UK banks have had a rough quarter. The FTSE350 banking sector has fallen over 8% in Q3, vastly underperforming the FTSE100, which fell 3.7% across the same June to September period. September was a particularly weak month, with the bank stocks dropping 8% as investors assess the deteriorating economic outlook and look ahead to Q3 results. However, these results may not be as bad as feared, thanks to higher interest rates and a recession still not showing up in GDP data.
The BoE has raised interest rates consistently over Q3, and big banks have also steadily built up their reserves at the central bank.
Rising interest rates are often good news for banking stocks, as they mean a rise in net interest income, the difference generated between the amount that a bank earns from lending and the amount that it pays out to depositors. Furthermore, banks have failed to pass on the gains of higher base rates to savers. Barclays still only pays 0.25% on its easy-access account.
After the Chancellor’s expansive mini-budget, which sent gilts and the pound tanking as investors lost confidence in the UK, the BoE will likely have to hike rates more aggressively to counter the expansionary and inflationary measures. This could result in more profits for banks even after mortgage products are pulled.
When interest rates rise, so do mortgage rates. A strong rise in interest rates means that mortgage rates are also expected to rise strongly. Amid all the uncertainty over where interest rates could be going many lenders pulled mortgage deals in the fallout from the min-budget.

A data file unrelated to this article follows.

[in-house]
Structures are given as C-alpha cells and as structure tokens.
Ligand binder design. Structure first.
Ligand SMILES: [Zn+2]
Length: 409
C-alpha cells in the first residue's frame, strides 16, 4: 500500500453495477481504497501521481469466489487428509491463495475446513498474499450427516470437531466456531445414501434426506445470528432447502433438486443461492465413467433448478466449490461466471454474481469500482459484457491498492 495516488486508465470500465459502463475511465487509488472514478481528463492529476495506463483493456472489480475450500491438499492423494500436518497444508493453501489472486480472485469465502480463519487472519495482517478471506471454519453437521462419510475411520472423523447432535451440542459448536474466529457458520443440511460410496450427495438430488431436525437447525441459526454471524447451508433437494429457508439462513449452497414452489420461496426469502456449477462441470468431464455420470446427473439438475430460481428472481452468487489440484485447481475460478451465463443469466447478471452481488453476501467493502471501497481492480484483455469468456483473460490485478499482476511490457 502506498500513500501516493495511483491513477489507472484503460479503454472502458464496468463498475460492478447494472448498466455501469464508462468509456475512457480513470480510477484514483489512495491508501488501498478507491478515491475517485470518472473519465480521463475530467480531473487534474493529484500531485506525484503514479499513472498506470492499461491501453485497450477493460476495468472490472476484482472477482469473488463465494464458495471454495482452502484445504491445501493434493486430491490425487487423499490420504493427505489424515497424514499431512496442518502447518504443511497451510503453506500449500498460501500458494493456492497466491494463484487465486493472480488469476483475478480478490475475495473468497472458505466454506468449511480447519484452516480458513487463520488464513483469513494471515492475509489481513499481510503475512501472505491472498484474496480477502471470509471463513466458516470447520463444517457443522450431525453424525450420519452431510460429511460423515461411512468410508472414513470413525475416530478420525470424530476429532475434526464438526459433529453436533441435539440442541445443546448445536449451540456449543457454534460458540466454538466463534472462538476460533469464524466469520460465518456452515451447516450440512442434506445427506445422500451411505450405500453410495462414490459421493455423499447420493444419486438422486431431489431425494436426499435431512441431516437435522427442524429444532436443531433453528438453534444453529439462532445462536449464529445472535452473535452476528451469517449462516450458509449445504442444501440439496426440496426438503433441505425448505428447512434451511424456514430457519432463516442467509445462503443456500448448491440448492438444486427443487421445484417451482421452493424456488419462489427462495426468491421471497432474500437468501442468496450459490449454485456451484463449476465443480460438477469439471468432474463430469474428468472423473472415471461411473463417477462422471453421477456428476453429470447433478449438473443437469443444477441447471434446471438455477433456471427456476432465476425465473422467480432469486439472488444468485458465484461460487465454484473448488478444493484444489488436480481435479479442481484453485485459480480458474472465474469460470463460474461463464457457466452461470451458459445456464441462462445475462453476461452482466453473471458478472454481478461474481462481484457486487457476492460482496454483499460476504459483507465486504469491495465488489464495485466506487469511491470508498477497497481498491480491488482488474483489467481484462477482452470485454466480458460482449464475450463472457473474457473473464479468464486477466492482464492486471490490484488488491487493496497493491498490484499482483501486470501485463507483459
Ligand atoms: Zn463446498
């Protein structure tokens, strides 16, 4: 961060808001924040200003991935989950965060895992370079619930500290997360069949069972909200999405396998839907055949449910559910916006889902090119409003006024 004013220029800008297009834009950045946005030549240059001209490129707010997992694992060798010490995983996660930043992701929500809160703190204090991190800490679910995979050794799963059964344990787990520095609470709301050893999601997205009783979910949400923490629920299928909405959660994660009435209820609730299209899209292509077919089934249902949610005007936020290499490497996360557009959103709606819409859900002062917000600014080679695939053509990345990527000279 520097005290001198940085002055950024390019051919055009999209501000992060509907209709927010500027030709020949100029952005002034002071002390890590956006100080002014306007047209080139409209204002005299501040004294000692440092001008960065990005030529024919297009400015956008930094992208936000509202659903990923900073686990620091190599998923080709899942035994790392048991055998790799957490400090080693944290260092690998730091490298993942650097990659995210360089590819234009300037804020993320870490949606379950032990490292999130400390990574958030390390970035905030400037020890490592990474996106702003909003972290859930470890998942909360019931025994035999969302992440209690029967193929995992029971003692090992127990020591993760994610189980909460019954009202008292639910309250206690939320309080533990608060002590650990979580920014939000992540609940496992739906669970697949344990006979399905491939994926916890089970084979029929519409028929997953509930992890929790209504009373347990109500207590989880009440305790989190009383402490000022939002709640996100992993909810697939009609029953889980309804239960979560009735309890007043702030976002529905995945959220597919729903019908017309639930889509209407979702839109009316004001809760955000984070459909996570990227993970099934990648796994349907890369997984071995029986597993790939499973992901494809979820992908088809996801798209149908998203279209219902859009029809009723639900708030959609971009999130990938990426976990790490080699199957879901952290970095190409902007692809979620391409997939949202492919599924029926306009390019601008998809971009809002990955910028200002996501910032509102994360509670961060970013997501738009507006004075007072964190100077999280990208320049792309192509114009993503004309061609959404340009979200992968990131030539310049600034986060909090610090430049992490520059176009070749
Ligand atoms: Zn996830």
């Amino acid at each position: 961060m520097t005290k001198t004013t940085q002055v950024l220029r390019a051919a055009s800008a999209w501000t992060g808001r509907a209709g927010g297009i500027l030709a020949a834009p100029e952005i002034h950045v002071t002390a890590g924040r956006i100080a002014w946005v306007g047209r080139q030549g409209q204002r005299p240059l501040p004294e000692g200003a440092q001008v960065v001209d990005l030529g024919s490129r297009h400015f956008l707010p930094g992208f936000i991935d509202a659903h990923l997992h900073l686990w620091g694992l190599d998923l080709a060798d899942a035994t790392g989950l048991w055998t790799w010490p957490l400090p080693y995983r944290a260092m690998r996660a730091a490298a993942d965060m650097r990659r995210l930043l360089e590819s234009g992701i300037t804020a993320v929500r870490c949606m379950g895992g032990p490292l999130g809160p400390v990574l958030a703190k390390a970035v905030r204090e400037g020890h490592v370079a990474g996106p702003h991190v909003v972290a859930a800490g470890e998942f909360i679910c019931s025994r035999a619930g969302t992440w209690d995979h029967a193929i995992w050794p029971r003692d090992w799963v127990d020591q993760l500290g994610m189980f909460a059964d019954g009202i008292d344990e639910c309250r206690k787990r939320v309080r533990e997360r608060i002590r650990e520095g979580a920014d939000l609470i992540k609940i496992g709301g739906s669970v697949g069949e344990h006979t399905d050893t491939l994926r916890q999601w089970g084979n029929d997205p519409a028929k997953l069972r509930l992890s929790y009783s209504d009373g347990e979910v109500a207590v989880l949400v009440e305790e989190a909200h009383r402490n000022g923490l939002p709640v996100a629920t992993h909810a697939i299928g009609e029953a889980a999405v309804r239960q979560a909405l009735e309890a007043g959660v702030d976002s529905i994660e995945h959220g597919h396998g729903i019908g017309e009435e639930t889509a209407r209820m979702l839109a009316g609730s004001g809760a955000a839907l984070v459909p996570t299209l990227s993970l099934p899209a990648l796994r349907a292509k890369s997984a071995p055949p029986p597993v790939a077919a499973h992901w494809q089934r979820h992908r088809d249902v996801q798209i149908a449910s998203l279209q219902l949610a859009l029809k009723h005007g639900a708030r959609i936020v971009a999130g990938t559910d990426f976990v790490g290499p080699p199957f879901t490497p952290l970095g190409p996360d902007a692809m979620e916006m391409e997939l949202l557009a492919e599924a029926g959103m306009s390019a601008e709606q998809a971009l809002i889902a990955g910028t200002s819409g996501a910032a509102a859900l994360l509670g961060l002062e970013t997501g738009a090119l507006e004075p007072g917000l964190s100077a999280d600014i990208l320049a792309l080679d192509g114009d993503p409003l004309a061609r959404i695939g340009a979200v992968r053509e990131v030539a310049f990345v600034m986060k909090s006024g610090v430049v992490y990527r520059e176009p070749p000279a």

This means that a core revenue stream for the likes of Lloyds and NatWest sources could start to dry up. However, this is more likely to impact Q4 than the Q3 numbers. The fact that the housing market is also expected to crash adds to the sector’s headwinds. However, this will also be in coming quarters. So far, the housing market is still seeing price rises of around 10 per year.
The UK’s economy is heading for a recession. While UK Q2 GDP data showed that a contraction was narrowly avoided, it would appear almost impossible for the UK to avoid falling into recession, marked by two consecutive quarters of negative growth, by the end of the year.
In times of recession, bad loans can rise quickly. We can expect the amount that banks need to put aside for bad loan reserves to increase over the coming quarters, which will hit earnings. Households across the UK could struggle to pay their mortgages, and a reduction in the number of loans as few want to or can afford to borrow at high rates means that any benefit from higher NII is quickly overshadowed. However, we are not there yet.
Those banks, such as Barclays, with larger trading arms, could benefit from the high levels of volatility that we’ve seen in the markets over the past few months. That said investment banking operations such as IPO’s and M&A activity has stalled this year.
Still, the financial markets work on a forward-looking basis, and there are clearly concerns that troubled times are coming. Still better than expected results in Q3 could give the banks a boost, even if it’s temporary.
It is worth watching US bank’s earnings closely, which kick off on Friday. Whilst the economic outlook for the YK is worse than the US, US banks’ performance will give some clues as to what to expect from UK banks.